IST Metz has developed a hybrid system, MBS Hot Swap, which allows users to run both UV and UV LED, using interchangeable cartridges but a common housing. Joint managing director of IST (UK), Simon Mitchell, explained, ‘The jury is out on UV versus UV LED and the winner will depend very much on the relative cost of inks and energy in each market. We believe that LED-based technology and the elimination of lamps is the future, but just like the adoption of electric cars, there are ‘progressive’ and ‘reticent’ buyers.’

He continued, ‘We believe that as LED volumes increase ink prices will come down. It is the narrower curing range (350-420nm and 385nm as standard with LEDcure) that restricts the type of photoinitiators that can be used,’ and concluded, ‘We are getting more and more enquiries about LED and expect many to convert in the coming months.’


Simon Mitchell IST Metz

Simon Mitchell, joint managing director of IST (UK) Ltd


Also part of IST Metz, which partners with OEMs, integrators and print system developers worldwide, Integration Technology Ltd has recently launched a high dose air-cooled LED variant of its VZ series. The VZX offers a high performance of 22W/cm² and is particularly suitable for high-speed single-pass applications in inkjet, flexo and web printing. It is equipped with XT8 booster technology for greater efficiency in intensity and dose.

GEW offers several solutions for digital printers through the ArcLED hybrid UV curing system, which operates in conjunction with the Rhino power supply unit. 

With this system, printers are able to operate hybrid UV curing, working with either mercury arc or LED lamp technology, or both on the same press. The Rhino supply can provide either a standard UV output for flexo or a high-intensity output often needed for inkjet printing.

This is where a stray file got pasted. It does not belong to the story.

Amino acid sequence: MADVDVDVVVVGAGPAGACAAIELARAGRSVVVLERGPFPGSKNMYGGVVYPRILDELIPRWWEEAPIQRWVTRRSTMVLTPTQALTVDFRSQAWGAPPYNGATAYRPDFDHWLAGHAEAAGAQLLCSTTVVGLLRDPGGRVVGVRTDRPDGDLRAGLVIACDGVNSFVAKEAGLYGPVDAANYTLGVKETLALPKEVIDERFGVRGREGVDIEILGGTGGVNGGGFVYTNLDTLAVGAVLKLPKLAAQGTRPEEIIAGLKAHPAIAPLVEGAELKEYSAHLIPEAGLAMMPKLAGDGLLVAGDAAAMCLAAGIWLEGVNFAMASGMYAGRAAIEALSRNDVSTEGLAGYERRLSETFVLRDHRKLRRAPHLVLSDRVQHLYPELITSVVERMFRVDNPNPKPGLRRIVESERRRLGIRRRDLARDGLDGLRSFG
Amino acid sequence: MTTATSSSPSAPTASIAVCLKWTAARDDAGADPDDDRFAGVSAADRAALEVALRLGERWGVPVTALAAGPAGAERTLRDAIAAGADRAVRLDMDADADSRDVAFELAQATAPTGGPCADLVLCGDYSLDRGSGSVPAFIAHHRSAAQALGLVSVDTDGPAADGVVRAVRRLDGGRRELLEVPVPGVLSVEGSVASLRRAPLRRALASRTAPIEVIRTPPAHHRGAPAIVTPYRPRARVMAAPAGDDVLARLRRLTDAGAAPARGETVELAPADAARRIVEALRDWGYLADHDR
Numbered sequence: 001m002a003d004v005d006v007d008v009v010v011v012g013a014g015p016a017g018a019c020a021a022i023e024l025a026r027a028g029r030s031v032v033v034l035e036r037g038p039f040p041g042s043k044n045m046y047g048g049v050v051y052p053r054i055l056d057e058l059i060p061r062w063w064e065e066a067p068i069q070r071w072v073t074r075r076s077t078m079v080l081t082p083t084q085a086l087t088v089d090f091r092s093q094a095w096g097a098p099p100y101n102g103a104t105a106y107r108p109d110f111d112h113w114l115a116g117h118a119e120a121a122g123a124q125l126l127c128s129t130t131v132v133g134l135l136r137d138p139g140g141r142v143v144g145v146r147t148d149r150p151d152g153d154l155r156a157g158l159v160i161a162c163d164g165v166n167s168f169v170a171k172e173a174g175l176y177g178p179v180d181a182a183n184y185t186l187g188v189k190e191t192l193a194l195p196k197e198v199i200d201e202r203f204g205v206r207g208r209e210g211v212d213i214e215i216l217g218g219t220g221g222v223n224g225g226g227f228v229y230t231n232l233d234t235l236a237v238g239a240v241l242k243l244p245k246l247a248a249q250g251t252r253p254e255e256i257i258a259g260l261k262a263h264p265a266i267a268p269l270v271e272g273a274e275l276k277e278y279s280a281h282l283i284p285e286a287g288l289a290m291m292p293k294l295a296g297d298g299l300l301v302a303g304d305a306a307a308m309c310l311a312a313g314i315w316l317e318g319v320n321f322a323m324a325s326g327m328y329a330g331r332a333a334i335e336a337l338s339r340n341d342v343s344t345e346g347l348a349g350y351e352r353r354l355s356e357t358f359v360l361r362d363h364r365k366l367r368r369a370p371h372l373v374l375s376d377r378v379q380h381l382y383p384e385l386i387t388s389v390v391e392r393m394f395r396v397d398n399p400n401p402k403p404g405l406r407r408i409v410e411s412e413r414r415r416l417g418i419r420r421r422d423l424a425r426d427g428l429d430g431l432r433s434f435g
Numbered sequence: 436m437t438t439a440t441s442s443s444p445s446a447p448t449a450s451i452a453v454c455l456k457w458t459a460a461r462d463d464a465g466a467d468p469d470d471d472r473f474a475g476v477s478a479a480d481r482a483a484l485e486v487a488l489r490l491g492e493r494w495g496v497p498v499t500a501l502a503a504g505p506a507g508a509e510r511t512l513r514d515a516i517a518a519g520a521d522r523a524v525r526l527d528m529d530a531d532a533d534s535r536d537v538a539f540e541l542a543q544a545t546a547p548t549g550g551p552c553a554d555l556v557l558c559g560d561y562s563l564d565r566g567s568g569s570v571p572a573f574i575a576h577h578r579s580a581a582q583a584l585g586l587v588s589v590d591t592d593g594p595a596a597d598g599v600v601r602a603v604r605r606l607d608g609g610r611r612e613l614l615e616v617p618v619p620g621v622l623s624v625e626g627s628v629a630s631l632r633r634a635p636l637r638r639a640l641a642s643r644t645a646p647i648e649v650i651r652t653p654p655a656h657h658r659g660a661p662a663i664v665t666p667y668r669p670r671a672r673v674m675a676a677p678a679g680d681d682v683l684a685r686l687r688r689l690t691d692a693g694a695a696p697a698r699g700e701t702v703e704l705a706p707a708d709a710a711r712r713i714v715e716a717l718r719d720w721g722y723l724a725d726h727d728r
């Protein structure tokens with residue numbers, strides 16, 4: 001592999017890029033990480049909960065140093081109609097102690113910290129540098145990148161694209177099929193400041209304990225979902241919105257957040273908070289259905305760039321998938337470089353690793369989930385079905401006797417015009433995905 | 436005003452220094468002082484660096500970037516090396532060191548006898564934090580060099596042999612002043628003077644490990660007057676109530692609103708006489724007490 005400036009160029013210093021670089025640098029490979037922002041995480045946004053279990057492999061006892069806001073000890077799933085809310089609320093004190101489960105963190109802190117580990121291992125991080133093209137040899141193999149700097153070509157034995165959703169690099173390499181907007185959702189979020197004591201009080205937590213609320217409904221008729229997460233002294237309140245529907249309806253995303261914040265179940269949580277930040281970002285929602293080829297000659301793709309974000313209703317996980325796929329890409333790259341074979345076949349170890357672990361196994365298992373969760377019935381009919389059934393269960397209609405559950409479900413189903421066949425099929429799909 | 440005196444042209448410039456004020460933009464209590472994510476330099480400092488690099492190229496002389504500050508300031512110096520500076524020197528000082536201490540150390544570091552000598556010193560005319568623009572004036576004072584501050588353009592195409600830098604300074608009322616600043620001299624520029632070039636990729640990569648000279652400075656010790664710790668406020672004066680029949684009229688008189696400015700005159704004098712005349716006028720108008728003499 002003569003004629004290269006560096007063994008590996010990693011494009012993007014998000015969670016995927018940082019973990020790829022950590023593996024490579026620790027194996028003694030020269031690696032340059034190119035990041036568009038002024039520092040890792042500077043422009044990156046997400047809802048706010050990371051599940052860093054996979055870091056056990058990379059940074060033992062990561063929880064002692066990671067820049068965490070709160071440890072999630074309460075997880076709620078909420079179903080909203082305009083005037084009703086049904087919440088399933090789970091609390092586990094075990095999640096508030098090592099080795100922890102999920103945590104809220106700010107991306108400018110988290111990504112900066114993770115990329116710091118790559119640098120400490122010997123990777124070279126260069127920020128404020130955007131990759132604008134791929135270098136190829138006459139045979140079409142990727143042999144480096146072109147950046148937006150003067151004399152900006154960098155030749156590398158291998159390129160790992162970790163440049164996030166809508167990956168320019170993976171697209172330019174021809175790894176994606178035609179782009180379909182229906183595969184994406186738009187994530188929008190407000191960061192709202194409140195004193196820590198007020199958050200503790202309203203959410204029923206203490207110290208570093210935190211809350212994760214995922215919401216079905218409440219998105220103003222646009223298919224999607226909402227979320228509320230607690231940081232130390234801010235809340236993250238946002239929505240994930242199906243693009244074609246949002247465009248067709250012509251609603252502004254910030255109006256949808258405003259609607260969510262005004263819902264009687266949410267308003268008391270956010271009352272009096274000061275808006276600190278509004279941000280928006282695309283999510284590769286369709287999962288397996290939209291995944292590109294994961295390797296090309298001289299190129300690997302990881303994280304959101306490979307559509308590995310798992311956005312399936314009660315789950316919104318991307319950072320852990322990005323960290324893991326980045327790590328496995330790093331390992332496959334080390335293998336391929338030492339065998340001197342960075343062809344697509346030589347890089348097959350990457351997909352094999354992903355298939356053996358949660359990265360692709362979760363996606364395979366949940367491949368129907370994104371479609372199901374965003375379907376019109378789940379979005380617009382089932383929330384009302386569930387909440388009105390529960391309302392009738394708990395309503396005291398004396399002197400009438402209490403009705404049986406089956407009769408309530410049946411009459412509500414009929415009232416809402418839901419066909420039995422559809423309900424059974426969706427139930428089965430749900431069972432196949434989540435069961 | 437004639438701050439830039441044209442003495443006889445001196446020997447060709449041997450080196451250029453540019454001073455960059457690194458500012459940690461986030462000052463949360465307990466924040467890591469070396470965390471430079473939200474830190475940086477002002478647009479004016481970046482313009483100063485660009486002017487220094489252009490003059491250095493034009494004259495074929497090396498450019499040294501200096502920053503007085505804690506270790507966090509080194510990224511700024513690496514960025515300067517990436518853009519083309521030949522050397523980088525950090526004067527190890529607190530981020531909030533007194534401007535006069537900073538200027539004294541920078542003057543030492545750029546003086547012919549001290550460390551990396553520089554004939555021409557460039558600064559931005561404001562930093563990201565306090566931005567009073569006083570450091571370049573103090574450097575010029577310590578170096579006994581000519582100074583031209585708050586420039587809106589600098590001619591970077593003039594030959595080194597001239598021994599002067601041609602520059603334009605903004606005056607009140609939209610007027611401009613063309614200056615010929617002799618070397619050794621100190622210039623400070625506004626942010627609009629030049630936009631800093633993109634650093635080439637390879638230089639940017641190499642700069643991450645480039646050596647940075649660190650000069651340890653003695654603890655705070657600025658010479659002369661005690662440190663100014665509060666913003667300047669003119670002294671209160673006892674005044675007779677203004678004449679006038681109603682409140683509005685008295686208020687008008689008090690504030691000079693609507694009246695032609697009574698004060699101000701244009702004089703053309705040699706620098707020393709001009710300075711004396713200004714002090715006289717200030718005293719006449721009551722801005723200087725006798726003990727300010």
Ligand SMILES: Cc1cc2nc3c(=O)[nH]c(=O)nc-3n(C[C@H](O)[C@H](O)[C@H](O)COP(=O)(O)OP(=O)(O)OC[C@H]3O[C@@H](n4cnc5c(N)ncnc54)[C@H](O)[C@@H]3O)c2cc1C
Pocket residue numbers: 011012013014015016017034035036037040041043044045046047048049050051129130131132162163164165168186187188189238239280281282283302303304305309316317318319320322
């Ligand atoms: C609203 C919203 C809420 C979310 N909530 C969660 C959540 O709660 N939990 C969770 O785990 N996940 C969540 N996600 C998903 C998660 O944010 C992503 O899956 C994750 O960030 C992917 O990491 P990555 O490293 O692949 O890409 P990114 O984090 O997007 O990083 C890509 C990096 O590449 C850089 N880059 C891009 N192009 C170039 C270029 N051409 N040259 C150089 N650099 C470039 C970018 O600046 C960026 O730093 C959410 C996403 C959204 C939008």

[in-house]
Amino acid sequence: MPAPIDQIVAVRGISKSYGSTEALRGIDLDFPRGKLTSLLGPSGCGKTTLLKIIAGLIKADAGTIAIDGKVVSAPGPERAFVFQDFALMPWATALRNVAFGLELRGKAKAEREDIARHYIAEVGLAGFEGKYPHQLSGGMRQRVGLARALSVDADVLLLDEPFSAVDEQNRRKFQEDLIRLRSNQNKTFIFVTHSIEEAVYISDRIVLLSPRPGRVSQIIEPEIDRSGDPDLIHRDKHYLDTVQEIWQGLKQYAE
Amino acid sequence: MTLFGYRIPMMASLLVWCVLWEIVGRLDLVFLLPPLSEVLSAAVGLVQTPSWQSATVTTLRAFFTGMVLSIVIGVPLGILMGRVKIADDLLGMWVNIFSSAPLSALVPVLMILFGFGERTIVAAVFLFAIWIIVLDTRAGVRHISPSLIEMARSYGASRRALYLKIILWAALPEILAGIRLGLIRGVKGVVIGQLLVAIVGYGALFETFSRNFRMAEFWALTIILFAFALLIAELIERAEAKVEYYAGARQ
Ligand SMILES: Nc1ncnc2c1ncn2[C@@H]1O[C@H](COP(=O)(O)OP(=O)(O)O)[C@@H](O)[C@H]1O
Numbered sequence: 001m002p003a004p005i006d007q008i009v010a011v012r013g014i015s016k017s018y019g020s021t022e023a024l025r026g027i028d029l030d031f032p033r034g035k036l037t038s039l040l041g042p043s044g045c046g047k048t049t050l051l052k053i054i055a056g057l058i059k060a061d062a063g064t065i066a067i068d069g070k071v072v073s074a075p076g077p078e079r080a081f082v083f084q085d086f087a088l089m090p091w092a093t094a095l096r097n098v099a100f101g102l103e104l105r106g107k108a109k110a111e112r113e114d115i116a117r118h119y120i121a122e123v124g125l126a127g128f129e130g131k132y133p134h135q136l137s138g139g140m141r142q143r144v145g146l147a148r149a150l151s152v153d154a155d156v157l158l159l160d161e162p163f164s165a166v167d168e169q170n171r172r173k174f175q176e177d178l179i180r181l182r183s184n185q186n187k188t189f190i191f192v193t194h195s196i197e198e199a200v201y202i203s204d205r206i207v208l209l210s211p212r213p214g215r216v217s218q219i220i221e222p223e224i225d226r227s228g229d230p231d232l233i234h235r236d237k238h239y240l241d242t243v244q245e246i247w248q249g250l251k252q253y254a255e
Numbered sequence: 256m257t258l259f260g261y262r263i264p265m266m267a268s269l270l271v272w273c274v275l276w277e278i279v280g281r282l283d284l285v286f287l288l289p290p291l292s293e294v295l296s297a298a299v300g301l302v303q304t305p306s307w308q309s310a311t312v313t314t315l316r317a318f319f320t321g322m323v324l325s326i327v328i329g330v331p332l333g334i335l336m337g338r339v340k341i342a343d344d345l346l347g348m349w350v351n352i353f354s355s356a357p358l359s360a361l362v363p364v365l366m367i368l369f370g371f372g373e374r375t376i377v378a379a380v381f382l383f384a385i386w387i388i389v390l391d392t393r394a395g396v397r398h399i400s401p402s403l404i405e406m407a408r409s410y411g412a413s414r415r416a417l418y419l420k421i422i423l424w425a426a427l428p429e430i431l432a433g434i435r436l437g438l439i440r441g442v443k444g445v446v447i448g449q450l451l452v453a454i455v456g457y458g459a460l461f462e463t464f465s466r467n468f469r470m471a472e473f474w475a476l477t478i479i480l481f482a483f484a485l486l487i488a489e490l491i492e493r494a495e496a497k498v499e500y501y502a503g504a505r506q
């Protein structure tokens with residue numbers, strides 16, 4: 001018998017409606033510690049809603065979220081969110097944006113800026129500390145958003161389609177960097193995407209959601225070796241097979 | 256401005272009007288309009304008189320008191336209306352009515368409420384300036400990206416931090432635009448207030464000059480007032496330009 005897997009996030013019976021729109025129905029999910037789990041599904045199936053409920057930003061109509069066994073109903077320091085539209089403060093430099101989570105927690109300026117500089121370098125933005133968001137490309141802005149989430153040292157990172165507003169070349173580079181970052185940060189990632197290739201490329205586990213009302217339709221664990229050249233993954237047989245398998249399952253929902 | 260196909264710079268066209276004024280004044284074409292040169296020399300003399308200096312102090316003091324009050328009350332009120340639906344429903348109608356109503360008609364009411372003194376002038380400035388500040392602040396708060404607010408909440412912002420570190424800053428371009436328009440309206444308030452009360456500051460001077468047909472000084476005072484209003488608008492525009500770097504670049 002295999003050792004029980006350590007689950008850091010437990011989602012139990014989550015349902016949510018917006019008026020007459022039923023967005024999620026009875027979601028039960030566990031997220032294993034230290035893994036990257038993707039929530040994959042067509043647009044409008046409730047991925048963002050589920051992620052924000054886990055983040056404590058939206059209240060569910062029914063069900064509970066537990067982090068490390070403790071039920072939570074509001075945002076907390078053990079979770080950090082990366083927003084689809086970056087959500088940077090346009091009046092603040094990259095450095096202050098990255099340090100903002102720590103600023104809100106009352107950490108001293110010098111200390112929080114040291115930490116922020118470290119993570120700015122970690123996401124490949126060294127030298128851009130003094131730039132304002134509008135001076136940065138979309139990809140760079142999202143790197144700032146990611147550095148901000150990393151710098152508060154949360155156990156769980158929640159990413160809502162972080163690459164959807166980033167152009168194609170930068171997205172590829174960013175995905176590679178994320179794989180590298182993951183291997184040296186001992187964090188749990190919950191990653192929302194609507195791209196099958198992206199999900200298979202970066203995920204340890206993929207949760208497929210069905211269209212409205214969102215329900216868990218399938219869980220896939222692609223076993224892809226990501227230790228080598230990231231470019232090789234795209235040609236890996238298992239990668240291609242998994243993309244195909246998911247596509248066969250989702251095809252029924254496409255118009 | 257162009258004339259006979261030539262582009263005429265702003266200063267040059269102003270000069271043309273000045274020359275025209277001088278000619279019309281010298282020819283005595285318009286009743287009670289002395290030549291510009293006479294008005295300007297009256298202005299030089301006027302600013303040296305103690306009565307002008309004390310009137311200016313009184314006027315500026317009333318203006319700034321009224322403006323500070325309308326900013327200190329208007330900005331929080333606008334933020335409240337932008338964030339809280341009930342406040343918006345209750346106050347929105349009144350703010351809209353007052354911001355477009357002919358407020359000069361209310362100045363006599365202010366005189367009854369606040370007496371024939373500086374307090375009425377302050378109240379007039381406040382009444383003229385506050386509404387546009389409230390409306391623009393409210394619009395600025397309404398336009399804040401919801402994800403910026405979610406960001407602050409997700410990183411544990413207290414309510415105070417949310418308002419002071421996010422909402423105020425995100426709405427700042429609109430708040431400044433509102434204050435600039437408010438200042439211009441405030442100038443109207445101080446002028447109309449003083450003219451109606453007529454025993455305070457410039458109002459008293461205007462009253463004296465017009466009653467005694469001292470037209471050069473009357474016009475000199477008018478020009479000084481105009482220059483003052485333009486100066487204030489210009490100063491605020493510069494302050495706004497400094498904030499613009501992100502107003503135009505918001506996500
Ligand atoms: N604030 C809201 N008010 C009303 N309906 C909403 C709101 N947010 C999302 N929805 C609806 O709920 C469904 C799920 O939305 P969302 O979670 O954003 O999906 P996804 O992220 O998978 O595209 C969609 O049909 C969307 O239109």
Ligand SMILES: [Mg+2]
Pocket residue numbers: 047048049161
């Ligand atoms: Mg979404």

This same unit can accommodate ‘iron doped’ lamps that are sometimes used in inkjet processes, where the inks need a different UV wavelength for effective curing, explained David Lyus, specialist UV sales manager at GEW. He added, ‘The Rhino will power UV LED curing systems, which are of particular interest to the market and have proven to be especially effective for the printing of opaque whites, at the same time offering significant reductions in heat output.

‘The beauty of the Rhino supply is that it streamlines all of the lamphead technologies that inkjet printers may need, depending on their ink set and process. It offers one supply source, one electrical integration, one control interface, and yet it can reliably and robustly supply power for a whole myriad of digital applications.’ 


Curing beams

Electron beam (EB) curing offers a sustainable alternative. The process uses no photoinitiators, has no odour, emits no heat and offers a consistent depth of cure. Lamp life has been shown to be extremely long without degrading over time. 

Last year, ebeam Technologies together with Uteco and INX International launched the Gaia digital press for flexible packaging; this integrated the ebeam Compact lamp for curing and is aimed at the food packaging market. 

This year, the EB curing specialist introduced a new system specifically developed for the finishing of labels and flexible packaging printed on the HP Indigo 20000. The ebeam Core 100/760 was shown installed on a GM coating unit earlier this year to demonstrate how the instant curing system has been optimised for over-print varnish applications. This adds the ability to offer production of safe indirect food-contact packaging. 

Elsa Callini, business development manager at ebeam Technologies, said, ‘By addressing many important flexible packaging challenges, including fast turnaround times, environmental factors and traditional barriers to the safe production of indirect food-contact flexible packaging – we believe we have a promising solution for finishers and converters.’

ebeam curing also offers high-gloss, matte and soft-touch finishes that are scratch, tear, puncture and fade resistant for increased package durability and abrasion resistance. Finished materials have increased heat resistance, which enables heat-sealing to form pouches, and as it is a room-temperature process, heat-sensitive substrates can be cured without issues. The system can further be used for the cast & cure process to produce holographic effects. 


GM ebeam

GM coating unit with ebeam curing as shown at HP’s VIP event